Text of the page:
CENTRAL REGION 3 MAP |
Lake Eagles, ospreys, turkey vultures and many kinds of
waterfowl can be seen as you hike the 23 miles of trails at Clinton
Lake. Your travels here take you past a prairie restoration area,
through pines, along rolling shoreline and across intermittent streams.
Timbered hardwood areas make for some gorgeous fall scenery, but
sights along one of the trails can be enjoyed only by seasoned,
experienced hikers. North Fork Trail at 9.3 miles is long and difficult
with very steep slopes. If peacefulness and beautiful country are
what you crave, North Fork Trail at Clinton Lake could be just your
Creek and Wolf Creek at Lake Shelbyville. Five scenic miles
of trails provide tranquil and refreshing sojourns in the forests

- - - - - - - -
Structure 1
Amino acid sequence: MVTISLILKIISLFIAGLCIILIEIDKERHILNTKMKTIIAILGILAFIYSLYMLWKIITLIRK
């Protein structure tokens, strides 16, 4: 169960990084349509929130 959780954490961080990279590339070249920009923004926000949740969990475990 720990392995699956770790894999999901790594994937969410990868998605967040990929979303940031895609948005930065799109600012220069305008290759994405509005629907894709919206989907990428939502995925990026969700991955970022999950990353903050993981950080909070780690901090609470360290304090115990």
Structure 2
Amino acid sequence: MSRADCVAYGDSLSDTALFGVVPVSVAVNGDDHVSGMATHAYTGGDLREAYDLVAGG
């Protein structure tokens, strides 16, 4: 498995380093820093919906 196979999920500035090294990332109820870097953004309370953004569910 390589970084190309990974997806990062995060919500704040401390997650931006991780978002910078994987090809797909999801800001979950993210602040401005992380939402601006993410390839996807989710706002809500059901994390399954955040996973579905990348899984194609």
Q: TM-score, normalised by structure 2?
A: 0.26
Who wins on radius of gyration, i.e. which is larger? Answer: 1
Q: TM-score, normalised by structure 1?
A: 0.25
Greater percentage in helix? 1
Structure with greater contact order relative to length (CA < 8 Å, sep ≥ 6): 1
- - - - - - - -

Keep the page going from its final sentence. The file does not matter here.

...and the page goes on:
at Eagle Creek State Park at Lake Shelbyville. Also at Eagle Creek
is a 12-mile backpack trail and 3 miles of cross-country ski trails.
Nearby at Wolf Creek State Park, there are an additional 9 miles
of hiking trails, plus a 15.5-mile horse trail many people enjoy
walking and snowmobiling in the winter. There is a 3-mile cross-country
ski trail for winter fun. See where Unusual Tree Trail gets its
name and enjoy a scenic coveís still waters from an observation
deck. You may wish to bring your camera. Deer counting is a favorite
pastime among hikers, and birders who come to view the bluebirds,
purple martins and orioles are seldom disappointed.
Fox Ridge When it
comes to hiking trails, Fox Ridge State Park is one of those places